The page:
Chris Liddell jokes that he's on an extended visit to New Zealand this week.
"It's a long trip - four days," he says.
But Matamata-born, New York-based Liddell, a former chief financial officer of Microsoft and General Motors, is looking to spend more time back home.
"I would like to live here for part of the year in the future," he said.
"I'd probably, to be honest, live a bi-hemisphere life spending some of my time in the Northern Hemisphere, in New York probably. But I'd like to spend up to half of the year back in New Zealand in due course."
Liddell has been in Auckland this week announcing the latest investment of Next Foundation, the environmental and education fund he chairs.
It plans to invest $100 million into various projects over the next 10 years.
The latest investment, Project Taranaki Mounga, is aiming to transform the ecology of Egmont National Park, initially through pest eradication.
The world of philanthropy is a big change from the senior roles Liddell held at Microsoft and GM, which followed other top positions including a stint as co-CEO of investment bank Credit Suisse First Boston and chief executive of New Zealand's Carter Holt Harvey.
He jumped ship from Microsoft to join the Detroit-based automaker in January 2010, when the firm was still reeling from the upheaval of the global financial crisis.
Only months earlier, the US Government had bailed out GM to the tune of US$50 billion.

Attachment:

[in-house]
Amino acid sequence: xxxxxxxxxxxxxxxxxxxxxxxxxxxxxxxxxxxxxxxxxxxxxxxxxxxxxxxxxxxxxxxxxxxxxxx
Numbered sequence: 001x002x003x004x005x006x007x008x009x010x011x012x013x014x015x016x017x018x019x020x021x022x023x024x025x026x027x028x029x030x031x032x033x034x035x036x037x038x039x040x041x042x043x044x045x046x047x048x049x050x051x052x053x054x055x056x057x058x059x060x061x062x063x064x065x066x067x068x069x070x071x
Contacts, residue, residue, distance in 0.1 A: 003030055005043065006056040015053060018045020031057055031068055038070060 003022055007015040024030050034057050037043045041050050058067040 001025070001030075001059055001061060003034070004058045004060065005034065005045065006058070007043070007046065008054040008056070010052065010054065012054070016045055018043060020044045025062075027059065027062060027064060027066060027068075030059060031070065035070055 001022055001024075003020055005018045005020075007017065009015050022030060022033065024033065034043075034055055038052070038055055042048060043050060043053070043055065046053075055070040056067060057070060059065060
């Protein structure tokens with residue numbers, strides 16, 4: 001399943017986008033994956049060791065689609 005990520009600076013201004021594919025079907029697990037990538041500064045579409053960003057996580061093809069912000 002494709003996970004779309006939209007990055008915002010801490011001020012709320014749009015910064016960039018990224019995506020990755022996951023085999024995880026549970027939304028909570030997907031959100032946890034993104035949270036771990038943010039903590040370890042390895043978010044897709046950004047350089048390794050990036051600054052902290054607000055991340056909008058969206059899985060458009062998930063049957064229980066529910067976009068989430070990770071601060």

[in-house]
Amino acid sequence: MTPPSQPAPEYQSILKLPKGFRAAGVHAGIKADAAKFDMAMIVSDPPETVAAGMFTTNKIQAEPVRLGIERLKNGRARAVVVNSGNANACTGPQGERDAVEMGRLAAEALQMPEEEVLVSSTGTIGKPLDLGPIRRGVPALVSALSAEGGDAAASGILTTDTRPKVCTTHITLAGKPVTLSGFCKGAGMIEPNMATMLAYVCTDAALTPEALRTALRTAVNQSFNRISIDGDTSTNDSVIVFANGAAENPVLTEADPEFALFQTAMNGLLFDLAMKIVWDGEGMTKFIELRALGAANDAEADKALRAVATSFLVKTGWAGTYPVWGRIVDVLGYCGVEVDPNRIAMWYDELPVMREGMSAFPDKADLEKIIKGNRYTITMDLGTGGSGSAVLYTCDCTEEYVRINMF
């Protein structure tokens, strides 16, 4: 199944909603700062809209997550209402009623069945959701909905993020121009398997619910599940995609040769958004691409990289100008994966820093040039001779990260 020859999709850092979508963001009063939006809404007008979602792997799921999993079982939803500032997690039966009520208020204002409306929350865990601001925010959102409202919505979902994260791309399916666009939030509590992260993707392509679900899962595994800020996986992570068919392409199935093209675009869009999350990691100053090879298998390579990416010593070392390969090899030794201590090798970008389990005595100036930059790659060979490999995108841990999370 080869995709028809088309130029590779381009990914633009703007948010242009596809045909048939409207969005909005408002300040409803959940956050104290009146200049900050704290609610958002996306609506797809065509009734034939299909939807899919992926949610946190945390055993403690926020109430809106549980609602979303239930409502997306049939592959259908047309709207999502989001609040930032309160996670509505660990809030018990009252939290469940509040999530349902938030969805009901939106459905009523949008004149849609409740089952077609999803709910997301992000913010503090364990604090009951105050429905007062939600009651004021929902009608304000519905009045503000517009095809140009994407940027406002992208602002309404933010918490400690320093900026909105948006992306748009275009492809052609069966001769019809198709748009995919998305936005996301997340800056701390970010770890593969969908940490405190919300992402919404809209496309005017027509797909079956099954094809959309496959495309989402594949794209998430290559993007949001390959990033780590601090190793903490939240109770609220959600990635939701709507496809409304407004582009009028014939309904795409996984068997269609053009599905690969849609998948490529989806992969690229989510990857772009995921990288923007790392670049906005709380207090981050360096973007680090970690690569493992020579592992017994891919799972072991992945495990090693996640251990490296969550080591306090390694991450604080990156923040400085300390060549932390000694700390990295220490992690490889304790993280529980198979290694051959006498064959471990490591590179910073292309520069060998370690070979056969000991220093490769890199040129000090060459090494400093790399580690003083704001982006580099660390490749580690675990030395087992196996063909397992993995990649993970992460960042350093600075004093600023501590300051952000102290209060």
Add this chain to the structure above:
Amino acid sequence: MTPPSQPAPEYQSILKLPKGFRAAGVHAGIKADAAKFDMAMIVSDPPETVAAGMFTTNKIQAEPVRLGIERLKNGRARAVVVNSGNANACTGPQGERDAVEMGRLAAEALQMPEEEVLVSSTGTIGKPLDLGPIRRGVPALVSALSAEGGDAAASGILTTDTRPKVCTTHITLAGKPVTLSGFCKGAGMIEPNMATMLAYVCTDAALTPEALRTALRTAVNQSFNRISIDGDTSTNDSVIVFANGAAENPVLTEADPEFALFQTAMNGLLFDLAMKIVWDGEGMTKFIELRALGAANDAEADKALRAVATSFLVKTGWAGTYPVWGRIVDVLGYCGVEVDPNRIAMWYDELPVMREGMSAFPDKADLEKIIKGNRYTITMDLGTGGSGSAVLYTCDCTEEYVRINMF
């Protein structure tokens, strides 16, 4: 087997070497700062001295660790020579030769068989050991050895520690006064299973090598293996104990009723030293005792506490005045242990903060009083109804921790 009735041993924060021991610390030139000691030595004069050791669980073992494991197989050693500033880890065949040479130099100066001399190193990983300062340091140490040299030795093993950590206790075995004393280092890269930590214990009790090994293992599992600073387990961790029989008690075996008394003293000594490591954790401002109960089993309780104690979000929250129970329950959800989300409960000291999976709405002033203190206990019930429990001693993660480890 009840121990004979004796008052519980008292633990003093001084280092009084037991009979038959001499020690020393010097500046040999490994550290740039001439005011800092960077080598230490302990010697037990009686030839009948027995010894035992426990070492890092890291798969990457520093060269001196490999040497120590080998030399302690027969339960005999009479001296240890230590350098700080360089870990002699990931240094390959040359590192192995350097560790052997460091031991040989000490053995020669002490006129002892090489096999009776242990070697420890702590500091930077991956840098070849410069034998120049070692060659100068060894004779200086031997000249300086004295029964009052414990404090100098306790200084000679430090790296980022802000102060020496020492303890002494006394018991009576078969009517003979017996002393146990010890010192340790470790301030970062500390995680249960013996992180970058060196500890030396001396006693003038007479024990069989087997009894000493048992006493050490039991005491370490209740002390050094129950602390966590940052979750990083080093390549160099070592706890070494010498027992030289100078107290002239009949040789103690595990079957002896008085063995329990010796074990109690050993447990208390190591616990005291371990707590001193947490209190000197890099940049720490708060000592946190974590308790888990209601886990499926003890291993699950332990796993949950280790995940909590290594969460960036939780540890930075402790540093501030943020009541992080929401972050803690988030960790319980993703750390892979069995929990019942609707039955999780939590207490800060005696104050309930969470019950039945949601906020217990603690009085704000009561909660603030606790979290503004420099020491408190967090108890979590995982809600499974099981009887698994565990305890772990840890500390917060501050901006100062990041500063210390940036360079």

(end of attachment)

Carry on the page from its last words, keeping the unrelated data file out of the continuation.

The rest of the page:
Liddell helped steer company through a US$23 billion initial public offering in November 2010, before leaving GM a few months later.
Yesterday, he said the chances of him taking on another big overseas executive role were slim.
"I'm moving into a new phase of my career, but you never say never," Liddell said.
"What I've found in my life is opportunities come around when you least expect them."
He said a big New Zealand corporate role was also an unlikely prospect.
"If I was to spend more time down here in New Zealand, which I hope to, I would probably spend the great bulk of that in the philanthropic area."
Liddell has been the chairman of New Zealand accounting software provider Xero since February 2014, and said he was enjoying the role.
"I'm still very positive about Xero's long-term prospects," he said.
"I really love the company. I love Rod Drury, who's the CEO. I think he's a real tech visionary and I love the grand ambitions that he has to create a global company from a New Zealand base."